The latest iteration of the Republican plan to repeal and replace Obamacare would increase the number of people without health coverage by 22million and cut the deficit by $321 billion through 2026, according to estimates released by the Congressional Budget Office released on Monday. 

The nonpartisan budget and tax analysis agency's estimates forecast the effects of the Better Care Reconciliation Act, the healthcare bill crafted by Senate Republicans and released last week. Senate Majority Leader Mitch McConnell (R-KY) has said he wants to bring the bill to a vote before the July 4 recess, though he has met enough opposition from within his own party so that it is not clear the legislation would pass.

The CBO's current figures are a shift from those previously released on the House bill passed in May. The CBO estimated the number of uninsured people under that bill would increase by 23 million by 2026 compared to under current law, and the deficit would be reduced by $119 billion.

The BCRA would seek to end Obamacare's Medicaid expansion starting in 2021 and limit government spending on the rest of the Medicaid program. It provides smaller subsidies for less generous health plans and higher deductibles, repeals the individual mandate that requires all Americans have health coverage or pay a fine and allows states to opt out of Obamacare marketplaces and essential health benefit requirements.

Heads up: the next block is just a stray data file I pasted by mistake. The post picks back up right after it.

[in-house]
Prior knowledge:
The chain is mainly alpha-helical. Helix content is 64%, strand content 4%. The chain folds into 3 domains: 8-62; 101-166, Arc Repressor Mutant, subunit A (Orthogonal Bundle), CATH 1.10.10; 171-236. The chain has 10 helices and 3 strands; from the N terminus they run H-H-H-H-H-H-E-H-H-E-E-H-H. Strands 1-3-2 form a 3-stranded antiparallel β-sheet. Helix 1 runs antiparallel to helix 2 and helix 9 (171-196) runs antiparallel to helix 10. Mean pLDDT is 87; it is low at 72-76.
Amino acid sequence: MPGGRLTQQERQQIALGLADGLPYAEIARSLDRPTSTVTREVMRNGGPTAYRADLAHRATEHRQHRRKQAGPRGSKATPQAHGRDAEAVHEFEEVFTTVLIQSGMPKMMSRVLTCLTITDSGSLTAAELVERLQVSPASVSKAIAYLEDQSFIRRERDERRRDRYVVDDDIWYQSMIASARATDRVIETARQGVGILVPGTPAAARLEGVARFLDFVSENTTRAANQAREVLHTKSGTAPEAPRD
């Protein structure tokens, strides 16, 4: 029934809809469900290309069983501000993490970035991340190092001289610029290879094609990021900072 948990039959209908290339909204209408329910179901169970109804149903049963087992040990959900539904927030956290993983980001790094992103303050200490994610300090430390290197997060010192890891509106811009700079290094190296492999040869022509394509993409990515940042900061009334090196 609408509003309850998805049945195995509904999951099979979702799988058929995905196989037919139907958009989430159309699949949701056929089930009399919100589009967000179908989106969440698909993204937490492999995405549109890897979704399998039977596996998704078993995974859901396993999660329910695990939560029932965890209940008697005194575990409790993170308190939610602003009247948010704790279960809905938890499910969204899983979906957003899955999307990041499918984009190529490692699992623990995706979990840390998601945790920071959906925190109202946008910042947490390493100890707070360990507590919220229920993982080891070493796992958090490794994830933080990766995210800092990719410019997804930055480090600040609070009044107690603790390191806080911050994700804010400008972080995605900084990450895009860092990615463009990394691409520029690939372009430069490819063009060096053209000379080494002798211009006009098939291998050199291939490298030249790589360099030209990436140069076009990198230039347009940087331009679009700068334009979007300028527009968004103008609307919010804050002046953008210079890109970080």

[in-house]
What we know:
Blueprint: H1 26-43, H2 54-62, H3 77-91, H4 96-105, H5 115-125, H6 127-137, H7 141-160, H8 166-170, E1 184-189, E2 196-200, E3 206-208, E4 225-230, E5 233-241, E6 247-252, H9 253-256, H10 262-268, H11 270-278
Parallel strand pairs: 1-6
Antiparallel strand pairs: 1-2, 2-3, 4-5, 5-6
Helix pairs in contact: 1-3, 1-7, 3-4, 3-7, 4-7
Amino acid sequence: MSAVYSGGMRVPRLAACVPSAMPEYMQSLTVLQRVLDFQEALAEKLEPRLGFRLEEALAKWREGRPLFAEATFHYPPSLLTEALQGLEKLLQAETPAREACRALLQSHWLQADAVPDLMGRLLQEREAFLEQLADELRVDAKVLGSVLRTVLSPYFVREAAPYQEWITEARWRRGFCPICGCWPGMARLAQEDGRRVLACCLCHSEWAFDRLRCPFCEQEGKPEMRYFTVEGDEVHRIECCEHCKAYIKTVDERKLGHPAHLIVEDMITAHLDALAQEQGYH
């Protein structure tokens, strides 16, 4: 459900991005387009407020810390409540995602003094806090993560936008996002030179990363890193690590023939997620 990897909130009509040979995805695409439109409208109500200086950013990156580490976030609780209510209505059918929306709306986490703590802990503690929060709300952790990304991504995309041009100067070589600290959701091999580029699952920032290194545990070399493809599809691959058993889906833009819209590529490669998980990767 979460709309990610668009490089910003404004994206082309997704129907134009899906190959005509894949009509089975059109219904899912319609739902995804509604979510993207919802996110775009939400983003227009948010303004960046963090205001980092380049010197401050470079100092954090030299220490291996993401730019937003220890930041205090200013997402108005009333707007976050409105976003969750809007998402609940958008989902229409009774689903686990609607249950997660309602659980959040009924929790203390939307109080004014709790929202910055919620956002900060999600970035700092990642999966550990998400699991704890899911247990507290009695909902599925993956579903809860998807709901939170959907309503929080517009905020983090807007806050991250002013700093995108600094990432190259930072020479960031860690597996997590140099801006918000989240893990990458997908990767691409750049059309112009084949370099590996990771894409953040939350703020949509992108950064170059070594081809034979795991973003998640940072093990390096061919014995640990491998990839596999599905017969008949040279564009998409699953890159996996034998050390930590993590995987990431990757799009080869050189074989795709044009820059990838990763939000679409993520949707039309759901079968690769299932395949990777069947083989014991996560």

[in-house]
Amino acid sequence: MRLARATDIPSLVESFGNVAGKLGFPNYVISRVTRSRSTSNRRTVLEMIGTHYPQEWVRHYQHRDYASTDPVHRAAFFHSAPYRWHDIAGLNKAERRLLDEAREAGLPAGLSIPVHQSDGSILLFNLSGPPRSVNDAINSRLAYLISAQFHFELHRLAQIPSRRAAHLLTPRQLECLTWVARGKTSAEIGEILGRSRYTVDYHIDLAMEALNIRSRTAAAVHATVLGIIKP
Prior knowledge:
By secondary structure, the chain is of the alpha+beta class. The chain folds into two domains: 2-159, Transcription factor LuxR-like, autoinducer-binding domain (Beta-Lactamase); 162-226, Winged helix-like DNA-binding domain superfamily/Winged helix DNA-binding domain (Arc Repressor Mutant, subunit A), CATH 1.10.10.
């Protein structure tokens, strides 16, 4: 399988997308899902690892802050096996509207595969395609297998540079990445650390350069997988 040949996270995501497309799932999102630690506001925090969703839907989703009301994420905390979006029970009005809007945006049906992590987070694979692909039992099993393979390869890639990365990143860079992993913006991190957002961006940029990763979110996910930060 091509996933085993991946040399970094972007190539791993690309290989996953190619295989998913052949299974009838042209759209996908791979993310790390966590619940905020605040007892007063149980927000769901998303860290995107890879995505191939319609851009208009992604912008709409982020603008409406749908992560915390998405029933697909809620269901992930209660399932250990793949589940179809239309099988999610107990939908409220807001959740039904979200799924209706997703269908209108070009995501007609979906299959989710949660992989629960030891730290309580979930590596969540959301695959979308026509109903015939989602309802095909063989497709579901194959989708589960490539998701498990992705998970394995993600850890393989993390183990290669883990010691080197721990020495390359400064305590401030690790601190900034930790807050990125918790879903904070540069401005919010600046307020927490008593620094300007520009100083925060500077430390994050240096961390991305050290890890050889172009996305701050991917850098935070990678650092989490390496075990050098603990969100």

Senate Republicans on Monday released a revised version of the bill to include a provision that would encourage people to buy insurance: a six-month "lock out" period where people who don't have insurance have to wait six months before their policy takes effect. The CBO estimated repealing the mandate would result in 15 million more uninsured people in 2018, and it is not clear whether or how the Monday's revisions would change the estimate. 

The CBO numbers are critical because GOP lawmakers are trying to pass healthcare reform under rules for budget reconciliation, which requires only a simple majority in the Senate and are not susceptible to filibusters in the Senate. Republicans have a slim 52-48 majority.

Republican Senators Dean Heller (R-NV), Ted Cruz (R-TX), Rand Paul (R-KY), Mike Lee (R-UT) and Ron Johnson (R-WI) have voiced opposition to the Senate bill. Senators Lisa Murkowski (R-AK) and Susan Collins (R-ME) have expressed concerns about the legislation as well, including over measures in it that would defund Planned Parenthood for a year.

Former President Barack Obama blasted the Senate healthcare bill last week, in a Facebook post describing it as a "massive transfer of wealth from middle-class and poor families to the richest people in America."

President Donald Trump tweeted about the BCRA ahead of the CBO score on Monday.